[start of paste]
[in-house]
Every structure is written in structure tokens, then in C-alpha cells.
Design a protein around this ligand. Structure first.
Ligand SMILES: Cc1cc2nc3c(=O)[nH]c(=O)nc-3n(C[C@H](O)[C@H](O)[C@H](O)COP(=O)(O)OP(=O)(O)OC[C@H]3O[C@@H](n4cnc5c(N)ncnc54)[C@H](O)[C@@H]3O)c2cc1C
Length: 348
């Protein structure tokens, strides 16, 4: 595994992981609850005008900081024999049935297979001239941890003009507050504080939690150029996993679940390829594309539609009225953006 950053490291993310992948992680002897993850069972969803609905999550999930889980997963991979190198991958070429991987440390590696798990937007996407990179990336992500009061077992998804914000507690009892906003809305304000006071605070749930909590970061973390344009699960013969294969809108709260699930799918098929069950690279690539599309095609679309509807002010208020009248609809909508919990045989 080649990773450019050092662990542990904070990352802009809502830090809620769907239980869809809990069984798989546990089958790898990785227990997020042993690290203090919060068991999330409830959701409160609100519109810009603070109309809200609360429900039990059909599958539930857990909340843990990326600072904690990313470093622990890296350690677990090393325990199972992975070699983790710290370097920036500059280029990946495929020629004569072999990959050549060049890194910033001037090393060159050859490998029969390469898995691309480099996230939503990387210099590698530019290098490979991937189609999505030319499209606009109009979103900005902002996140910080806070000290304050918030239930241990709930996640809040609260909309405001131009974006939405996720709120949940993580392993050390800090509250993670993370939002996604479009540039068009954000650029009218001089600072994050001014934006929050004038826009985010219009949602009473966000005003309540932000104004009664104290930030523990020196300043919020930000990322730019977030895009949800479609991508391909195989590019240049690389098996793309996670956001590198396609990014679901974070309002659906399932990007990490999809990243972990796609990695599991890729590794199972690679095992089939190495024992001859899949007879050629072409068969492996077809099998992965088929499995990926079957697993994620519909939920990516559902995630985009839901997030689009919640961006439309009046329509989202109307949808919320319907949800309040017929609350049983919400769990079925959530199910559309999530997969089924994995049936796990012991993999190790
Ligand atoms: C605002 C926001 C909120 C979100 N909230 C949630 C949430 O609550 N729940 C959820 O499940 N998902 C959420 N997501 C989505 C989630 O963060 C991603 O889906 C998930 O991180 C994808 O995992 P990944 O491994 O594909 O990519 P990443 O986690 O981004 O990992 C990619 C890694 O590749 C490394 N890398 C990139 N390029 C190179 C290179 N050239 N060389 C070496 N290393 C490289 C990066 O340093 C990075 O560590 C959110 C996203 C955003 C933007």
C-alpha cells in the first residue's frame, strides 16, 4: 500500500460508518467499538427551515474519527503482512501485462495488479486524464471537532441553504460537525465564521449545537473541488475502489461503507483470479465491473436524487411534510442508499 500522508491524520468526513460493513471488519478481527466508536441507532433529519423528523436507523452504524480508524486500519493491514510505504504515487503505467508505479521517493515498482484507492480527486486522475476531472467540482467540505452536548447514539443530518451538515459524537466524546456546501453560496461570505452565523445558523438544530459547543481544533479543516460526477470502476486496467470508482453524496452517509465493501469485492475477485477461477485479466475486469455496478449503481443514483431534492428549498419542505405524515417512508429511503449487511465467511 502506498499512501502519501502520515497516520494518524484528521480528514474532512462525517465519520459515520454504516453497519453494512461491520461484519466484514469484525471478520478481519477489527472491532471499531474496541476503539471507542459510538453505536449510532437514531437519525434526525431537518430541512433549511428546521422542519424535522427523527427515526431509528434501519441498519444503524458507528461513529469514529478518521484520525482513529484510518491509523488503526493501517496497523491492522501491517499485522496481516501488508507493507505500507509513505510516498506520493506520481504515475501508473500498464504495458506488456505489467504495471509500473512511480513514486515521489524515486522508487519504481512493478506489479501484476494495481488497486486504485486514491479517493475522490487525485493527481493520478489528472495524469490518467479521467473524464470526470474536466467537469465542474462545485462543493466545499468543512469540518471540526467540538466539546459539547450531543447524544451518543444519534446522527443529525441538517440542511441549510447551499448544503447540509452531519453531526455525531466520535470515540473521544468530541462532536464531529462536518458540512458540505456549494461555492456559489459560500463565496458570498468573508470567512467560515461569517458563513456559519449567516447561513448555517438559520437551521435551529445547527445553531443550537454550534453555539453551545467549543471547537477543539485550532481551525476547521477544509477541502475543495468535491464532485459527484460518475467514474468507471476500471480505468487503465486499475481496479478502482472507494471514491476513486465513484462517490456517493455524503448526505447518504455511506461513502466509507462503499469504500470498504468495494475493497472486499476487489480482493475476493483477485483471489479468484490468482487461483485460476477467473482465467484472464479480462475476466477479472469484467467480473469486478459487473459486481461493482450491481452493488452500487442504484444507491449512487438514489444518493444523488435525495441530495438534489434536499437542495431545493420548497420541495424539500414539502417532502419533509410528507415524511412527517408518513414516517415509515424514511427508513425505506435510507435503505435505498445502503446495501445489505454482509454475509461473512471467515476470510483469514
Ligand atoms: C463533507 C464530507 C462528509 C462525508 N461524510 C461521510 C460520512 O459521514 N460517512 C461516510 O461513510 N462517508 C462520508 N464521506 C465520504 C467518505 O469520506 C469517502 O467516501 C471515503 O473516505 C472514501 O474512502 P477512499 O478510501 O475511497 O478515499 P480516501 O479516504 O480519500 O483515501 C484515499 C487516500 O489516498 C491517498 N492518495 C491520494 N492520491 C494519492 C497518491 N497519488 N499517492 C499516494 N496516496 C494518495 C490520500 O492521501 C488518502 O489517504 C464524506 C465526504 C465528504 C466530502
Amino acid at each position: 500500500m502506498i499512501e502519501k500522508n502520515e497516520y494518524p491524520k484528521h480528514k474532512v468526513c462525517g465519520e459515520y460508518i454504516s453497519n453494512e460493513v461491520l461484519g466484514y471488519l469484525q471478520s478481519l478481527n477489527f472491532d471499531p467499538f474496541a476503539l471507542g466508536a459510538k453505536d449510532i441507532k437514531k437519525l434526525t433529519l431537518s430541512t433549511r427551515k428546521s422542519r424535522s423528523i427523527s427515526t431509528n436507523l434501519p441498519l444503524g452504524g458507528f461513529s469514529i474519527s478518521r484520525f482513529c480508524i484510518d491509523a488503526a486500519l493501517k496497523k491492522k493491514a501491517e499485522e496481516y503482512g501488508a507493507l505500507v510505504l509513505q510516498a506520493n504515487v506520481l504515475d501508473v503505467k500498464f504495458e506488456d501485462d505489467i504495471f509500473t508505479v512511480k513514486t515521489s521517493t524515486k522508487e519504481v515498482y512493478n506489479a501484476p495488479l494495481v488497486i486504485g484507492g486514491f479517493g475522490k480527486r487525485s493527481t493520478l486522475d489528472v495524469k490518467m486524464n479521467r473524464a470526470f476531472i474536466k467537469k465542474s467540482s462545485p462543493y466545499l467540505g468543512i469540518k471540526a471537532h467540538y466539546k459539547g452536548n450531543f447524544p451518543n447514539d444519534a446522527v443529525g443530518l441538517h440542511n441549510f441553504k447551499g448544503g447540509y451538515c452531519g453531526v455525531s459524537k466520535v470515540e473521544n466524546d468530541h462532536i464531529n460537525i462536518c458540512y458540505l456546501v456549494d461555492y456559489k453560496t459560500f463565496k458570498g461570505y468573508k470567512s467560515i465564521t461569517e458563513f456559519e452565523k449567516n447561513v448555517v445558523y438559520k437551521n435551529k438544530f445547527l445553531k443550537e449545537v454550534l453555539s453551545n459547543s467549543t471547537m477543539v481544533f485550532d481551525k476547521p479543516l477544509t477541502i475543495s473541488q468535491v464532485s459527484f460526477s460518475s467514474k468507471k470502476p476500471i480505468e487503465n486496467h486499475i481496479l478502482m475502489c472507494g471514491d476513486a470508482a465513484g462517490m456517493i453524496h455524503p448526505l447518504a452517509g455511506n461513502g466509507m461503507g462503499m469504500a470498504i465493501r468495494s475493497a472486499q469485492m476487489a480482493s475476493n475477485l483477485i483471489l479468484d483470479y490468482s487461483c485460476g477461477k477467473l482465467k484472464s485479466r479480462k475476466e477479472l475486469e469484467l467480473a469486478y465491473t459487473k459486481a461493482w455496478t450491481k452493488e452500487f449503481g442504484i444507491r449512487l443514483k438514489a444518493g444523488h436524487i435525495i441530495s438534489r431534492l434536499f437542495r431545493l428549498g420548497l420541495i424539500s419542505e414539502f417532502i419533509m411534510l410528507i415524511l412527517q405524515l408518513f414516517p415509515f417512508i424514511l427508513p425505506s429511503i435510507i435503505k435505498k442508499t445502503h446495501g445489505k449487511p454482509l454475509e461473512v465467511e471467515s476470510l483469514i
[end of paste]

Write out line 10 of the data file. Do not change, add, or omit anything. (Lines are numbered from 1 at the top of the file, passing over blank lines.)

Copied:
Amino acid at each position: 500500500m502506498i499512501e502519501k500522508n502520515e497516520y494518524p491524520k484528521h480528514k474532512v468526513c462525517g465519520e459515520y460508518i454504516s453497519n453494512e460493513v461491520l461484519g466484514y471488519l469484525q471478520s478481519l478481527n477489527f472491532d471499531p467499538f474496541a476503539l471507542g466508536a459510538k453505536d449510532i441507532k437514531k437519525l434526525t433529519l431537518s430541512t433549511r427551515k428546521s422542519r424535522s423528523i427523527s427515526t431509528n436507523l434501519p441498519l444503524g452504524g458507528f461513529s469514529i474519527s478518521r484520525f482513529c480508524i484510518d491509523a488503526a486500519l493501517k496497523k491492522k493491514a501491517e499485522e496481516y503482512g501488508a507493507l505500507v510505504l509513505q510516498a506520493n504515487v506520481l504515475d501508473v503505467k500498464f504495458e506488456d501485462d505489467i504495471f509500473t508505479v512511480k513514486t515521489s521517493t524515486k522508487e519504481v515498482y512493478n506489479a501484476p495488479l494495481v488497486i486504485g484507492g486514491f479517493g475522490k480527486r487525485s493527481t493520478l486522475d489528472v495524469k490518467m486524464n479521467r473524464a470526470f476531472i474536466k467537469k465542474s467540482s462545485p462543493y466545499l467540505g468543512i469540518k471540526a471537532h467540538y466539546k459539547g452536548n450531543f447524544p451518543n447514539d444519534a446522527v443529525g443530518l441538517h440542511n441549510f441553504k447551499g448544503g447540509y451538515c452531519g453531526v455525531s459524537k466520535v470515540e473521544n466524546d468530541h462532536i464531529n460537525i462536518c458540512y458540505l456546501v456549494d461555492y456559489k453560496t459560500f463565496k458570498g461570505y468573508k470567512s467560515i465564521t461569517e458563513f456559519e452565523k449567516n447561513v448555517v445558523y438559520k437551521n435551529k438544530f445547527l445553531k443550537e449545537v454550534l453555539s453551545n459547543s467549543t471547537m477543539v481544533f485550532d481551525k476547521p479543516l477544509t477541502i475543495s473541488q468535491v464532485s459527484f460526477s460518475s467514474k468507471k470502476p476500471i480505468e487503465n486496467h486499475i481496479l478502482m475502489c472507494g471514491d476513486a470508482a465513484g462517490m456517493i453524496h455524503p448526505l447518504a452517509g455511506n461513502g466509507m461503507g462503499m469504500a470498504i465493501r468495494s475493497a472486499q469485492m476487489a480482493s475476493n475477485l483477485i483471489l479468484d483470479y490468482s487461483c485460476g477461477k477467473l482465467k484472464s485479466r479480462k475476466e477479472l475486469e469484467l467480473a469486478y465491473t459487473k459486481a461493482w455496478t450491481k452493488e452500487f449503481g442504484i444507491r449512487l443514483k438514489a444518493g444523488h436524487i435525495i441530495s438534489r431534492l434536499f437542495r431545493l428549498g420548497l420541495i424539500s419542505e414539502f417532502i419533509m411534510l410528507i415524511l412527517q405524515l408518513f414516517p415509515f417512508i424514511l427508513p425505506s429511503i435510507i435503505k435505498k442508499t445502503h446495501g445489505k449487511p454482509l454475509e461473512v465467511e471467515s476470510l483469514i